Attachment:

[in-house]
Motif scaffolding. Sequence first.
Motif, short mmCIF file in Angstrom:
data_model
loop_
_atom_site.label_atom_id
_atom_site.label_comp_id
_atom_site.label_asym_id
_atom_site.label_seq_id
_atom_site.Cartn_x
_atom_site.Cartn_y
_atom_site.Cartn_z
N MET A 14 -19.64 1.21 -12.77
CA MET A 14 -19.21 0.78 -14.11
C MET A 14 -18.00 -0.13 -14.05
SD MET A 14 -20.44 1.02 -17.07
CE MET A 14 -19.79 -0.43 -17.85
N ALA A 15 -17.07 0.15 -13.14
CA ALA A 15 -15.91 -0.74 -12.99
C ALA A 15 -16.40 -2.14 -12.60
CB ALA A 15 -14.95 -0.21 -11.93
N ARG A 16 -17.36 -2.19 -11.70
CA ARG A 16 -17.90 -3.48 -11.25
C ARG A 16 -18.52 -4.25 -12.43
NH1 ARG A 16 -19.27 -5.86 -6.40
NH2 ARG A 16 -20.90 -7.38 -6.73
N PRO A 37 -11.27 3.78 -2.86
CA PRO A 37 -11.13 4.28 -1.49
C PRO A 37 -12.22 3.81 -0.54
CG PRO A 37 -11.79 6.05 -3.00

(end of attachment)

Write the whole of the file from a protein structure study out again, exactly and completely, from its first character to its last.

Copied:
[in-house]
Motif scaffolding. Sequence first.
Motif, short mmCIF file in Angstrom:
data_model
loop_
_atom_site.label_atom_id
_atom_site.label_comp_id
_atom_site.label_asym_id
_atom_site.label_seq_id
_atom_site.Cartn_x
_atom_site.Cartn_y
_atom_site.Cartn_z
N MET A 14 -19.64 1.21 -12.77
CA MET A 14 -19.21 0.78 -14.11
C MET A 14 -18.00 -0.13 -14.05
SD MET A 14 -20.44 1.02 -17.07
CE MET A 14 -19.79 -0.43 -17.85
N ALA A 15 -17.07 0.15 -13.14
CA ALA A 15 -15.91 -0.74 -12.99
C ALA A 15 -16.40 -2.14 -12.60
CB ALA A 15 -14.95 -0.21 -11.93
N ARG A 16 -17.36 -2.19 -11.70
CA ARG A 16 -17.90 -3.48 -11.25
C ARG A 16 -18.52 -4.25 -12.43
NH1 ARG A 16 -19.27 -5.86 -6.40
NH2 ARG A 16 -20.90 -7.38 -6.73
N PRO A 37 -11.27 3.78 -2.86
CA PRO A 37 -11.13 4.28 -1.49
C PRO A 37 -12.22 3.81 -0.54
CG PRO A 37 -11.79 6.05 -3.00